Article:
NB: A short break will be included during the session.

Wed 27
Librarians in Training: CILIP Chartership - Evidence new Finished 14:30 - 16:30 Cambridge University Library, Milstein Room

Chartership portfolios rely on candidates displaying a range of evidence of their development but it can be hard to know where to start. What counts as evidence? How many pieces can I include? How do I choose what to include in my submission? This session will answer these questions and offer attendees tips, tricks and the chance to work on compiling their evidence. You are also more than welcome to just use the session for as a quiet time to get some work done on whichever aspect of your Chartership portfolio you choose.

April 2019

Mon 1
  • Have you started an application for HEA fellowship but have no time to write?

Would you like a day to work on your application with no disruptions?

  • Alternatively, have you heard about HEA Fellowship and are considering applying? Are you curious about the benefits of Fellowship and which level (AFHEA, FHEA, SFHEA) best suits your experience? Would you like help brainstorming evidence for your application?
  • On 1 April, Librarians in Training are sponsoring a day-long writing retreat to work on applications for HEA fellowship. Come be in a room with others experiencing the same pain and just write. We will have writing sprints of about an hour and then a short break. Repeat until the end of the day!
  • The retreat will be held at the Institute for Manufacturing on the West Cambridge site in a lovely seminar room with lots of natural light. Coffee/tea/biscuits and will be served in the morning and afternoon (but you’ll need to bring your own lunch or purchase food in the common room or in a nearby café).
  • The IfM is large, so if you’d like to discuss HEA fellowship generally or brainstorm aspects of it, we can easily meet up in the common room. Or if there is interest from everyone at the beginning of the day for a short plenary session, we can do that as well.
  • You can sign up for just a half-day or both the morning and afternoon sessions. Numbers are limited to 10 people per session.
  • You will need to bring your own laptop. Please come a bit early so that we can start at 9.00am sharp. If you need to arrive later, that is fine. Just please tip toe in and get set up quietly.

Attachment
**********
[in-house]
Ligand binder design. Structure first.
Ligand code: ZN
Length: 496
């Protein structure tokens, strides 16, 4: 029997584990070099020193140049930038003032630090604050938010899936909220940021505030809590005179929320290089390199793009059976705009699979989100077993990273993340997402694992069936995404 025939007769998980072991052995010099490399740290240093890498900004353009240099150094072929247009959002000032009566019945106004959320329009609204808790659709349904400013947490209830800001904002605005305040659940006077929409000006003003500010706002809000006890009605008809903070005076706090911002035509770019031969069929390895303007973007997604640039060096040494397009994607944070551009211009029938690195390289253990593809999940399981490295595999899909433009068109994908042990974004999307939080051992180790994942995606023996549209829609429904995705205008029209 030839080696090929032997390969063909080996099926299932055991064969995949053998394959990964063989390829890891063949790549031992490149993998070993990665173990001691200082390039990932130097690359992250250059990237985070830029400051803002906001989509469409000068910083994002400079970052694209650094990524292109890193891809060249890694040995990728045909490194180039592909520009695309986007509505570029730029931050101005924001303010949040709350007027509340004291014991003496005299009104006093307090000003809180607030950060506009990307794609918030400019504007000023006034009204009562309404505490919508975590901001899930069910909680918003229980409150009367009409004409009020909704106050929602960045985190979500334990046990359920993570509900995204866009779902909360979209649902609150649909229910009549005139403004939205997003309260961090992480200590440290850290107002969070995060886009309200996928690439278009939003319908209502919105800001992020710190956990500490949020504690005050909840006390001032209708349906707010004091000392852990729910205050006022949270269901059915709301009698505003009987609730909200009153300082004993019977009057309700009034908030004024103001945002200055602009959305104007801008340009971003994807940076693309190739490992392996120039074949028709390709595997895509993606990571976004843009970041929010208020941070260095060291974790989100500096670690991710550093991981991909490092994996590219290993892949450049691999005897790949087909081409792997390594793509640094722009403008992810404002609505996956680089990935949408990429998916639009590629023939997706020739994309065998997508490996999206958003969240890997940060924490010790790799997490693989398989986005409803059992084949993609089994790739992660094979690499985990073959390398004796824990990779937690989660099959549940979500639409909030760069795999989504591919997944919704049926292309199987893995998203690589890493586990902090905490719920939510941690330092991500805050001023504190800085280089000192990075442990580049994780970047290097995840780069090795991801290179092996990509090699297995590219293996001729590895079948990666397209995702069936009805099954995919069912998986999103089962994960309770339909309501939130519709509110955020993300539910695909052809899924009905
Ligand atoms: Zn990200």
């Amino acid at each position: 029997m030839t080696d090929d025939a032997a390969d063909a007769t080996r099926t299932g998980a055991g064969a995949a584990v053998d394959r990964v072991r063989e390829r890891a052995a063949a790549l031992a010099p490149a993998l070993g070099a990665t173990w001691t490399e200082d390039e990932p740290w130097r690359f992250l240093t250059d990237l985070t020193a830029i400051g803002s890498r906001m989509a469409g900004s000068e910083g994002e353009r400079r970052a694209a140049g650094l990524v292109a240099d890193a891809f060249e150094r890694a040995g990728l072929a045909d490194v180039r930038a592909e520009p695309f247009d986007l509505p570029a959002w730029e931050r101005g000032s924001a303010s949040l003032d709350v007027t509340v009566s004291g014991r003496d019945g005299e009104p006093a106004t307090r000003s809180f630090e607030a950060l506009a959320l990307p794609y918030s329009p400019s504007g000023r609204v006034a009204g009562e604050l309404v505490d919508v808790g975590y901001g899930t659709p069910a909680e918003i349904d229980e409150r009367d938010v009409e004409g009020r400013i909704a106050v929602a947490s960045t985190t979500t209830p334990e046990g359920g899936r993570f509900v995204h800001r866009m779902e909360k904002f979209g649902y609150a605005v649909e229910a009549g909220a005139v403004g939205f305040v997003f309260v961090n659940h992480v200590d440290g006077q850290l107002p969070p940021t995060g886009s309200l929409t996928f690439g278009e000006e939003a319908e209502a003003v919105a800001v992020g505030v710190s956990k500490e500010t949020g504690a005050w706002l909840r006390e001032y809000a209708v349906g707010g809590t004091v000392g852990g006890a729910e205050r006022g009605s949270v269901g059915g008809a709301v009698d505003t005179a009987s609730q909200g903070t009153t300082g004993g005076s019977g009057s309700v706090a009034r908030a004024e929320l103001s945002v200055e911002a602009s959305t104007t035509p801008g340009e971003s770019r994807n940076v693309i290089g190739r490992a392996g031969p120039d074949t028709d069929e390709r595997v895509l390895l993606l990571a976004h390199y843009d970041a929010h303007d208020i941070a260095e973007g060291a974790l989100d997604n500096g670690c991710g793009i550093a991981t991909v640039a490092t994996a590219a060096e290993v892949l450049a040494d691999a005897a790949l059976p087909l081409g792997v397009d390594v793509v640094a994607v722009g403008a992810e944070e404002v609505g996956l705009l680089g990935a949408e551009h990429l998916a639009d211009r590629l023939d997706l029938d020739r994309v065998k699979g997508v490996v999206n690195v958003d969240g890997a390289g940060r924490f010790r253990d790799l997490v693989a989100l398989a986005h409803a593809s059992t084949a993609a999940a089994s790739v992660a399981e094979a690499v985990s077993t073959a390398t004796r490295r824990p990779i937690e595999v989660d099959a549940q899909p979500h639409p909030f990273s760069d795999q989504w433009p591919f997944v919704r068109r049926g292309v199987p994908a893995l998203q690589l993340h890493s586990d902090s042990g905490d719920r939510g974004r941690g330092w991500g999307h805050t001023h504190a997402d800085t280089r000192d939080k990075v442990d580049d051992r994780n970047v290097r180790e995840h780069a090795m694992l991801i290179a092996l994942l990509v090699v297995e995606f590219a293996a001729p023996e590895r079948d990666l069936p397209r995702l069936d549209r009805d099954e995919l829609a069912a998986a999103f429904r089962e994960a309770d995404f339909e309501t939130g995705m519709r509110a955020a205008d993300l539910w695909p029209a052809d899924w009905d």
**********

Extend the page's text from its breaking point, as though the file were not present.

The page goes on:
Can’t come on 1 April? There will be one more writing retreat for HEA applications on 21 June.

  • Have you started an application for HEA fellowship but have no time to write?

Would you like a day to work on your application with no disruptions?

  • Alternatively, have you heard about HEA Fellowship and are considering applying? Are you curious about the benefits of Fellowship and which level (AFHEA, FHEA, SFHEA) best suits your experience? Would you like help brainstorming evidence for your application?
  • On 10 December, Librarians in Training are sponsoring a day-long writing retreat to work on applications for HEA fellowship. Come be in a room with others experiencing the same pain and just write. We will have writing sprints of about an hour and then a short break. Repeat until the end of the day!
  • The retreat will be held at the Institute for Manufacturing on the West Cambridge site in a lovely seminar room with lots of natural light. Coffee/tea/biscuits and will be served in the morning and afternoon (but you’ll need to bring your own lunch or purchase food in the common room or in a nearby café).
  • The IfM is large, so if you’d like to discuss HEA fellowship generally or brainstorm aspects of it, we can easily meet up in the common room. Or if there is interest from everyone at the beginning of the day for a short plenary session, we can do that as well.
  • You can sign up for just a half-day or both the morning and afternoon sessions. Numbers are limited to 10 people per session.
  • You will need to bring your own laptop. Please come a bit early so that we can start at 1.00pm sharp. If you need to arrive later, that is fine. Just please tip toe in and get set up quietly.

Can’t come on December 10th? There will be two more writing retreats for HEA applications in 2019: 22 March and 21 June. Bookings for those sessions will open approximately a month before the date.

Mon 8
Librarians in Training: Twitter for Librarians Finished 14:30 - 16:30 Cambridge University Library, IT Training Room
  • Are you completely new to Twitter and struggling to start? Or are you already on Twitter but know you could be making better use of it to promote yourself and your library? Join Librarians In Training for an interactive workshop aimed at helping librarians to make the most of their time online.
  • This interactive session will give you the chance to enhance your Twitter skills. For those new to the platform there will be guidance on what Twitter can be used for and how to get started whilst those already using Twitter will benefit from learning how to engage library users, promote their service and enhance their own professional network.
  • The session will include both advice and practical exercises so you can put your new knowledge to the test.
Tue 30
Librarians in Training: CILIP Chartership - Reflective Writing new Finished 10:00 - 12:00 Cambridge University Library, Milstein Room